Chagos Islanders return to High Court for fresh appeal by Foreign and Commonwealth Office
On February 5 a group of exiled Chagossians will once again fight for the right to return to their homeland, as the UK government tries for the third time to get a court ruling which would prevent the islanders going back to their homes in the remote Chagos archipelago, in the middle of the Indian Ocean.
The islanders have already won two legal cases in the UK courts – in 2000 and 2006 – that ruled their expulsion, was illegal. Their removal began in the 1960s, after the US and UK reached a secret deal to turn the island of Diego Garcia into a US military base, without local inhabitants.
The last remaining islanders were forced onto over-crowded cargo ships in 1972, and dumped in Mauritius and the Seychelles, without jobs, resettlement help or compensation.
As this third phase of litigation starts in the Court of Appeal, Minority Rights Group International is warning that the government is frittering away tax-payers money – already running over £1.5 million pounds according to the government’s own 2005 figures – instead of ploughing the money back into the rightful return of the Chagossians.
MRG’s Head of Advocacy Clive Baldwin says, “One of Margaret Beckett’s first decisions as Foreign Secretary was to appeal against the High Court judgement, and therefore spend more of British taxpayers’ money in trying to prevent a few thousand islanders returning to their ancestral homes, on islands which are now abandoned.”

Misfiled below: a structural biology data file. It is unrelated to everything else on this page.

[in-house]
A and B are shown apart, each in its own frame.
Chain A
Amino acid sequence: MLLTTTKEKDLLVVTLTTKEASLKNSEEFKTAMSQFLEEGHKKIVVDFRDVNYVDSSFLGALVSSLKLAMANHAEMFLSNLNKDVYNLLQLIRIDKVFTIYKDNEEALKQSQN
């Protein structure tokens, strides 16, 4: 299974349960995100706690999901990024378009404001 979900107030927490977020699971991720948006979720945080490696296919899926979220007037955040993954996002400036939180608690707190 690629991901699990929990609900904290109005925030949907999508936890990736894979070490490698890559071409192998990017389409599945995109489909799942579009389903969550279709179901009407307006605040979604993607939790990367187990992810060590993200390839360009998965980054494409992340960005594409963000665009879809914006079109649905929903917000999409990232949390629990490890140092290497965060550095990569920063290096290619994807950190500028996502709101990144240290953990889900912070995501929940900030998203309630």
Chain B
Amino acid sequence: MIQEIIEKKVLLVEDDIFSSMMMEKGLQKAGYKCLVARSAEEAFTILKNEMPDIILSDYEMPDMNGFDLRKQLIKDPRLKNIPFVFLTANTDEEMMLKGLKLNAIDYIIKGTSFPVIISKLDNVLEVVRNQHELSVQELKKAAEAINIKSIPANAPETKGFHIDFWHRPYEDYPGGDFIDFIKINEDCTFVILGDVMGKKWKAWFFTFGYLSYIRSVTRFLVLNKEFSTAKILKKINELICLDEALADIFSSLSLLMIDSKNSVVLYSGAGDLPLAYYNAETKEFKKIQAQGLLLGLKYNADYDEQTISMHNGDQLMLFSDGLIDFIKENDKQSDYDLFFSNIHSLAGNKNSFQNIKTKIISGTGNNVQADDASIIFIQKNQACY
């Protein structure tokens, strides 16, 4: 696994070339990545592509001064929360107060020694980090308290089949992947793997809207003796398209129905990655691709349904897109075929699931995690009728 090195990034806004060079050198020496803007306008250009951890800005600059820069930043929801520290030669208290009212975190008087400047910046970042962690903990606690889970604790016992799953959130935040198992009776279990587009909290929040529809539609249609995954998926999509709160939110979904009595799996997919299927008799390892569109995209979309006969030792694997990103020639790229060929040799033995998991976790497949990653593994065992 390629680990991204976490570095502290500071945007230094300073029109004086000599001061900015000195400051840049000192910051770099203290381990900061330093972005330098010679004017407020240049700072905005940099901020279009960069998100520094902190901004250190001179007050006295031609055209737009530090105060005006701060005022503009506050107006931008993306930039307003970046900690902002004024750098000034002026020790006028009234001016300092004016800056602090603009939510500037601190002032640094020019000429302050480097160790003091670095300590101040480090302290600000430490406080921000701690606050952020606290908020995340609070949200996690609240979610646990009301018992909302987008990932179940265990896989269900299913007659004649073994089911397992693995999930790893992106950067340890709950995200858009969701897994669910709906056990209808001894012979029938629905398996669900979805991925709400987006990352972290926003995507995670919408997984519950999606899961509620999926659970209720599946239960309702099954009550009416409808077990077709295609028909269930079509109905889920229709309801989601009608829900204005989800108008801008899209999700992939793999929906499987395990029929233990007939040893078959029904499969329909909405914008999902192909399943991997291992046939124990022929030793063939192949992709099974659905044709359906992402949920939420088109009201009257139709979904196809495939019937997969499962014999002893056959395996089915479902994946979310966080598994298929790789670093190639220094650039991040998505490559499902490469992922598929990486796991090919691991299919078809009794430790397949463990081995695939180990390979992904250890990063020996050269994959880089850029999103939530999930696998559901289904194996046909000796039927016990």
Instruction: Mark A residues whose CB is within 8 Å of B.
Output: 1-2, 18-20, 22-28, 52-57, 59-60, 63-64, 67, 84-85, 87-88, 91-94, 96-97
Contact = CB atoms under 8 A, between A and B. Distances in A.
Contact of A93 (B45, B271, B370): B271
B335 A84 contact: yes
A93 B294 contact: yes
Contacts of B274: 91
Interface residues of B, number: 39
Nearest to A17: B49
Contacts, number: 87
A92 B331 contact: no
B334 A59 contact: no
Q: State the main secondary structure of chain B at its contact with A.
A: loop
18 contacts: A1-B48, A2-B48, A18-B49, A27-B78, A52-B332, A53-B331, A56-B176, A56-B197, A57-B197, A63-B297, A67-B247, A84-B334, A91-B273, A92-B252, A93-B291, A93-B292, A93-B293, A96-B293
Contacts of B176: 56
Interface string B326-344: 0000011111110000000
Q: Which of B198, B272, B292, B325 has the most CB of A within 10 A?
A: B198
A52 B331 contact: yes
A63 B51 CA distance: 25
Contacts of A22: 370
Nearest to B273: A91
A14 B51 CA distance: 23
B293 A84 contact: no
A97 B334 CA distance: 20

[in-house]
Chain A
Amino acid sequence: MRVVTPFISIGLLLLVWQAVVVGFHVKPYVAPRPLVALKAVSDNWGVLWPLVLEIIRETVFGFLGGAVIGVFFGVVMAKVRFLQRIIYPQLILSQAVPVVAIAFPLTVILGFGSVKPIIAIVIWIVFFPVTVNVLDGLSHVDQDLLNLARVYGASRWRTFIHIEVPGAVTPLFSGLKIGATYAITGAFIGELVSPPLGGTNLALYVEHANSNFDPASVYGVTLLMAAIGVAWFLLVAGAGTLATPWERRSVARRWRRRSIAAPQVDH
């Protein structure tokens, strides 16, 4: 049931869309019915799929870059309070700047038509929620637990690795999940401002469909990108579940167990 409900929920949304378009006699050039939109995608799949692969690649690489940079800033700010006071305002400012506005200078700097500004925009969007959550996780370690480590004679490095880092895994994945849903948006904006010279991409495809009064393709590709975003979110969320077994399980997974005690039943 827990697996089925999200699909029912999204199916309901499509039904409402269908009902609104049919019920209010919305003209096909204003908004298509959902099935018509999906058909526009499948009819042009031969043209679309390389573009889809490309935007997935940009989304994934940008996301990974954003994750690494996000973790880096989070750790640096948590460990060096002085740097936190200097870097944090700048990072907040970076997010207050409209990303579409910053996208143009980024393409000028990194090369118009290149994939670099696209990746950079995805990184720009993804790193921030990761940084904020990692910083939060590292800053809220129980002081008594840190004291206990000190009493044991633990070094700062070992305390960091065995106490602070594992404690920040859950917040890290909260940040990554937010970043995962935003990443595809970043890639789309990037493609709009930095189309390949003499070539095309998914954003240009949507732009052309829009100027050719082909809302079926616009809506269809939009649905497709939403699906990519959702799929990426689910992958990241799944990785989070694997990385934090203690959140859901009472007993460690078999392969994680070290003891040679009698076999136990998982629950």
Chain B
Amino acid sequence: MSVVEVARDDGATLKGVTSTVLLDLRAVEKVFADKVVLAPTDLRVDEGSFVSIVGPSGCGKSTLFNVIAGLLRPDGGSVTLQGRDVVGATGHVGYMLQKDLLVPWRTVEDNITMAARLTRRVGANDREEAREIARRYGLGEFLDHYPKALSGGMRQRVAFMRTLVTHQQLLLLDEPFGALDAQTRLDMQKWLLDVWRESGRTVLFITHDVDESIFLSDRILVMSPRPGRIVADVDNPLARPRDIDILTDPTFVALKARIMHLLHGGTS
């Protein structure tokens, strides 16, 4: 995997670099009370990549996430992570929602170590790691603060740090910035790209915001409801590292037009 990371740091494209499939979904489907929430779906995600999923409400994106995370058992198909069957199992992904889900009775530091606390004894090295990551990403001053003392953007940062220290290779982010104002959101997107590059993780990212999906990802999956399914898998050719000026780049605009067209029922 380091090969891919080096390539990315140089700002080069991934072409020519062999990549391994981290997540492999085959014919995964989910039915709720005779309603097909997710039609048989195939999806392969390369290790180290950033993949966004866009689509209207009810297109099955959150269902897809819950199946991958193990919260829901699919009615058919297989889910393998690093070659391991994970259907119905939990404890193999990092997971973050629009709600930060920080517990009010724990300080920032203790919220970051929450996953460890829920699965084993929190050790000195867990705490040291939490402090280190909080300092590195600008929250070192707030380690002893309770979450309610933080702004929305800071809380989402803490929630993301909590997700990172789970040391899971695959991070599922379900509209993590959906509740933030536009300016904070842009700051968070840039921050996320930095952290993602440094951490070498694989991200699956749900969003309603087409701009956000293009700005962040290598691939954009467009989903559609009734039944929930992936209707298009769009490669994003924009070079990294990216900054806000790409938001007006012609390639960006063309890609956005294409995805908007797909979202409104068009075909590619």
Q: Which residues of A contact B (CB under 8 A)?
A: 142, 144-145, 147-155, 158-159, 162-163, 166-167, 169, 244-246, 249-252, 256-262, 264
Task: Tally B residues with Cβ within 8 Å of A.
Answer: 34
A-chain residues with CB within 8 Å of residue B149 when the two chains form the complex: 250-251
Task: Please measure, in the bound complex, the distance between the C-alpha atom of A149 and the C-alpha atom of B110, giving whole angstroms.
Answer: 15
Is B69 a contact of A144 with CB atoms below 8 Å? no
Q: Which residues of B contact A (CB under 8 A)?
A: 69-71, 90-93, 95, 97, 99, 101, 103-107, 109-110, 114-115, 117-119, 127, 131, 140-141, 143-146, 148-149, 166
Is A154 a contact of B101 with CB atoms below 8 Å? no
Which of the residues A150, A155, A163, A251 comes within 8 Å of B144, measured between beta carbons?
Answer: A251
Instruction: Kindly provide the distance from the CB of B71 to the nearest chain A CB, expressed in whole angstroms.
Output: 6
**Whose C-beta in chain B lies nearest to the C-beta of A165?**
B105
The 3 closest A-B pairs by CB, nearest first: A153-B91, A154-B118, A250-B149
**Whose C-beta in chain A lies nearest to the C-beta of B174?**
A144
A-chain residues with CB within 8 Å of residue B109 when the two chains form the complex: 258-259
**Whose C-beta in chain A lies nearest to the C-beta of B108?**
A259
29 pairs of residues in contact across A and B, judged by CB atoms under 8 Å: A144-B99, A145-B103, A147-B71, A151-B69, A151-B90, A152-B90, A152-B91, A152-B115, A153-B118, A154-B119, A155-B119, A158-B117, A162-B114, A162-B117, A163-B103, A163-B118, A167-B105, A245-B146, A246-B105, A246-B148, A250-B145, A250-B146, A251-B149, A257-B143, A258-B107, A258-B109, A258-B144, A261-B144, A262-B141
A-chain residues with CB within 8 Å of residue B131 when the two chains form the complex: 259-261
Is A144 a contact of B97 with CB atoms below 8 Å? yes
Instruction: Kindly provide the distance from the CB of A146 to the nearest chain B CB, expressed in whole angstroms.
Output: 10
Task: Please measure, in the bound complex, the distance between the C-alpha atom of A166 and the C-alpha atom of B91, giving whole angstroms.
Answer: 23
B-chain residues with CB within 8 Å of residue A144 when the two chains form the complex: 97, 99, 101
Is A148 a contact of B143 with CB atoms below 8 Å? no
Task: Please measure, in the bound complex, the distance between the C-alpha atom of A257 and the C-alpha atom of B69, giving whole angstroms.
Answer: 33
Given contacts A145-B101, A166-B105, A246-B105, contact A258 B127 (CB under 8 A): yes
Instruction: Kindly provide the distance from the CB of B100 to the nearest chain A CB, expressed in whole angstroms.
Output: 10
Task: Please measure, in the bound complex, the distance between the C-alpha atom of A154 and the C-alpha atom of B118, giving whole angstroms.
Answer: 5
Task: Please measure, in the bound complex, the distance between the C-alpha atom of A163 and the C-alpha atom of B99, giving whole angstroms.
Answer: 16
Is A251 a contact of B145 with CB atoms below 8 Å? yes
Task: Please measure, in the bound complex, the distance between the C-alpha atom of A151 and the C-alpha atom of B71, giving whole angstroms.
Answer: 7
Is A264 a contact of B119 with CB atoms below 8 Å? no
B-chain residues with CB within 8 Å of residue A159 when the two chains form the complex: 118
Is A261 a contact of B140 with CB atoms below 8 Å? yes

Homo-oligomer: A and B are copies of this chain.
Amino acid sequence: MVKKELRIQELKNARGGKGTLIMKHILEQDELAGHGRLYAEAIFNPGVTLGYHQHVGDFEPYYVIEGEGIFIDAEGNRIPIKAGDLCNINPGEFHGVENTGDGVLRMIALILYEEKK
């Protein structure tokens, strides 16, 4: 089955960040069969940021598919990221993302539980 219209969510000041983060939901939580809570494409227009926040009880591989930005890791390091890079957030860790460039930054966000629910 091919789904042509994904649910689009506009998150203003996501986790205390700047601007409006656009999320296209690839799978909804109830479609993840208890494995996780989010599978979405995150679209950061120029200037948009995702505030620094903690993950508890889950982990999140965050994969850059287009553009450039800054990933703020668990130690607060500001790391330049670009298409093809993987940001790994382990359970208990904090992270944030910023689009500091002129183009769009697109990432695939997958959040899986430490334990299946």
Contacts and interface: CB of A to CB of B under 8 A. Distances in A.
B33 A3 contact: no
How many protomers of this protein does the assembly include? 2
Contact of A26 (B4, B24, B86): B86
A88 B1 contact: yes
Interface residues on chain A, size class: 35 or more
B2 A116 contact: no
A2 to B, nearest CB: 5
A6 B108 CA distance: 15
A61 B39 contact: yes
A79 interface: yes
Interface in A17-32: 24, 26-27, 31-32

“We hope the Court of Appeal will be as strong in protecting the basic rights of islanders as was the High Court.”
Allegations that Diego Garcia – the biggest island in the Chagos chain – is being used by US security forces, as a transit point for the controversial ‘extra-ordinary renditions’ programme have surfaced repeatedly.
Olivier Bancoult, who leads the Mauritius based community of Chagossians, will be heading a protest outside 10 Downing Street at 12 noon on Monday February the 5th.
The Chagossians lived a unique way of life on the tiny islands in the Indian Ocean, characterized by a matriarchal culture and a no cash economy. The majority of the exiles have been left to live in grinding poverty in neighbouring Mauritius whilst a small UK community, mainly based in Crawley, has also experienced hardship.
For more information or to arrange an interview with Clive Baldwin or Olivier Bancoult, please contact the MRG Press Office on [email protected].
Please visit the UK Chagos Support Association’s blog for the latest on the current court case.